5-speed listening (Level 3)

More gum disease today than 2,000 years ago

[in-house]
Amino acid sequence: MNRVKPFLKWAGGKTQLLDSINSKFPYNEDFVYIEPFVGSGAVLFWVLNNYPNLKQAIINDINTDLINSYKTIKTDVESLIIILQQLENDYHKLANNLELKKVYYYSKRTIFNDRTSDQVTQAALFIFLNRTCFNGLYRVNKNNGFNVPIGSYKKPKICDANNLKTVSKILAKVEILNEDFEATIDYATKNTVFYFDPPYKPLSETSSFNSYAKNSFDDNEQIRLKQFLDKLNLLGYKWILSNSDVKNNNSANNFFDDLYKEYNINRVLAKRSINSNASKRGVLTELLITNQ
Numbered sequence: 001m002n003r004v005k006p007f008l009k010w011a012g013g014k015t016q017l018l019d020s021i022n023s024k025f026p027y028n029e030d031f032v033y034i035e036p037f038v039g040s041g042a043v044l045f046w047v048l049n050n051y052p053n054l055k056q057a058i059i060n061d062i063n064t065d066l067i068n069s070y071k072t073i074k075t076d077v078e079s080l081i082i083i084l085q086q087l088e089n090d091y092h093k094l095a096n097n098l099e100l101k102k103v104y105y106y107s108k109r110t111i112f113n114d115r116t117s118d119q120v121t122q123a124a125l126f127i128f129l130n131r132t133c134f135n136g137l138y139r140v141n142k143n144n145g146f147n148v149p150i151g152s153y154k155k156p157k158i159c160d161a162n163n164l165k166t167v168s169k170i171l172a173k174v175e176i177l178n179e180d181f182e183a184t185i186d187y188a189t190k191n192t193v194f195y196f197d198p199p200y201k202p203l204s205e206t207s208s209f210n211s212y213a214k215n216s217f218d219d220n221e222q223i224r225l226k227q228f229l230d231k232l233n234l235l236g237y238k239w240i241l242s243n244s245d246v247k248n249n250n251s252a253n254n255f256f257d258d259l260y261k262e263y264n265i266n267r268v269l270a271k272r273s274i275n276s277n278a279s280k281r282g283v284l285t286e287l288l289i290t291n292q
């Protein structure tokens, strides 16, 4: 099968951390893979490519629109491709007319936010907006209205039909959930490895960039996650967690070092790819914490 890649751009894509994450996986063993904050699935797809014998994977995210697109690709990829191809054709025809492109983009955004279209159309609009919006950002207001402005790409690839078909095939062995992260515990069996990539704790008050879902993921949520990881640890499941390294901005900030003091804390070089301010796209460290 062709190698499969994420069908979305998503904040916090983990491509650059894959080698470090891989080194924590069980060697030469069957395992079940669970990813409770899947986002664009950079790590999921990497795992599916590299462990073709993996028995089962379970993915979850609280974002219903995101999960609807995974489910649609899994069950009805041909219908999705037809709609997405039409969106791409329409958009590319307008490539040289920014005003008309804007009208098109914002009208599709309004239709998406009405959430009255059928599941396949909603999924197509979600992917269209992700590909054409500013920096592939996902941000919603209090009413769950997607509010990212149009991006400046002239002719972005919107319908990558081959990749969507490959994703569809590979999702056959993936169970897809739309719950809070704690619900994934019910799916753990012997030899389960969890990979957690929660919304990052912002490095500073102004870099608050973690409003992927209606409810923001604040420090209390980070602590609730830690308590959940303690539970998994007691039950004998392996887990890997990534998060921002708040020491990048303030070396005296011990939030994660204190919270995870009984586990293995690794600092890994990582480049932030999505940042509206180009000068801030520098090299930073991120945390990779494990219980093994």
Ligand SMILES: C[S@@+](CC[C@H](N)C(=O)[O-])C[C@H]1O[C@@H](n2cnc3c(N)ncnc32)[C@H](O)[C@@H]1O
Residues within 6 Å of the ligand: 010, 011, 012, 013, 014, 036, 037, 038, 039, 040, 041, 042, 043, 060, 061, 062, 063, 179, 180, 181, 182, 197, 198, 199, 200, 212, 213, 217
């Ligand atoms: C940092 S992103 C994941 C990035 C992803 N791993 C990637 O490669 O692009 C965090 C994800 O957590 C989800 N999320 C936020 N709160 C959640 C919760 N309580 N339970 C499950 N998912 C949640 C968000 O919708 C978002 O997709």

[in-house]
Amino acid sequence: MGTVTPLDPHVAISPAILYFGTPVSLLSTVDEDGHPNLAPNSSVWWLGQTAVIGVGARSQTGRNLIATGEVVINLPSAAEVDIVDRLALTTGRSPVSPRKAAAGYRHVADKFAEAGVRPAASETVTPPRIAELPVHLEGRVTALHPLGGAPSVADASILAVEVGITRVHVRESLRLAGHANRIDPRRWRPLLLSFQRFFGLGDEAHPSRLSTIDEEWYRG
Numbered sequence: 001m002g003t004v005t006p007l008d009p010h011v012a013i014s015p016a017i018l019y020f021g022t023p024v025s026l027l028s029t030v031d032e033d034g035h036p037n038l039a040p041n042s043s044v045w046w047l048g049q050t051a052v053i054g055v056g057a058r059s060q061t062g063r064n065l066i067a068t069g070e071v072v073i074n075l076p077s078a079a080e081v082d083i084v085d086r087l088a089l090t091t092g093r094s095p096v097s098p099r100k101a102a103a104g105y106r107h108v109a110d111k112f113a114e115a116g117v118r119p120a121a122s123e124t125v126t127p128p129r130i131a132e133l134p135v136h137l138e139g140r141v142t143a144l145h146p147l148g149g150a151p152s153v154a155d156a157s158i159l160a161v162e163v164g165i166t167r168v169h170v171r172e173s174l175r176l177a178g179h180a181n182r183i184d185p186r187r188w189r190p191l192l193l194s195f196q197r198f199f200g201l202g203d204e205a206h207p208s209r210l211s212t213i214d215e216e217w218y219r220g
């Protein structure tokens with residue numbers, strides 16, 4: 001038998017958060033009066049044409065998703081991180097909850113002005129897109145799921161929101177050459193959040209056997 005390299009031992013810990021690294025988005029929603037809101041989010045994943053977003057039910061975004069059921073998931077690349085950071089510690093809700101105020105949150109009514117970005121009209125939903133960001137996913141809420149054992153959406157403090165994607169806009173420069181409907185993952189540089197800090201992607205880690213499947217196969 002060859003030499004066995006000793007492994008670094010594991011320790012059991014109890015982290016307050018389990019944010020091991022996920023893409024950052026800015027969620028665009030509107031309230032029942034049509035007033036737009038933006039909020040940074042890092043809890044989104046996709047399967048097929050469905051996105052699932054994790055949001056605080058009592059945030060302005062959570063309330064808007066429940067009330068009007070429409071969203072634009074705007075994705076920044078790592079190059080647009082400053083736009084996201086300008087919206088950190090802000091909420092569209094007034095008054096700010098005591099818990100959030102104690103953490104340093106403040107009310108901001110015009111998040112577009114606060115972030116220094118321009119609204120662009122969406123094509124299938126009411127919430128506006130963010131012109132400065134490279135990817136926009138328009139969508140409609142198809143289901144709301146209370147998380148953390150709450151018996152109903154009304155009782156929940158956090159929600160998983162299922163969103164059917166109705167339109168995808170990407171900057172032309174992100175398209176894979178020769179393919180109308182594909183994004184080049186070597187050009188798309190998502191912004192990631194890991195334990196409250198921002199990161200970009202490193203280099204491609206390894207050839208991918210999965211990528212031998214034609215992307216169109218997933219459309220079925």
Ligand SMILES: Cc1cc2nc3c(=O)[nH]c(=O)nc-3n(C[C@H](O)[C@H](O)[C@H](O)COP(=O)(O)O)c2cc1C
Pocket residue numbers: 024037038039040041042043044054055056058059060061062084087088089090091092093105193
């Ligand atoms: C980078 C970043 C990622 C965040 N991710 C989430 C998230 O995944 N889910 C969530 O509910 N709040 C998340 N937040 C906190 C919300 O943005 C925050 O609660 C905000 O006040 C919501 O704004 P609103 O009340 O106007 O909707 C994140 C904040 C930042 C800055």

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A new study shows that people today have more gum disease than people living 2,000 years ago. The study is from the university King's College in London and is published in the 'British Dental Journal'. Researchers looked at the teeth in the skulls of 303 people who lived between 200-400 AD (2,200-2,400 years ago). The skulls were found at an old burial site in the west of England. The researchers found that only 5 per cent of the skulls showed signs of gum disease. Up to 30 per cent of people in England today have gum disease. Professor Francis Hughes was surprised by what he found. He said people did not have toothbrushes or toothpaste back then and did not visit dentists, like we do today. The main reason why modern people have more gum disease is smoking. Theya Molleson, co-author of the report, said the study shows that people's oral health has become much worse over the past 2,000 years. She added that she thinks gum disease could start going down from now as more people stop smoking. She said: "As smoking declines in the population, we should see a decline in the [numbers of people with] the disease." Gum disease happens when bacteria build up in your mouth. The bacteria eat away at your gums and can make your teeth fall out. People can reduce the risk of gum disease by regular brushing, using mouthwash and not smoking.

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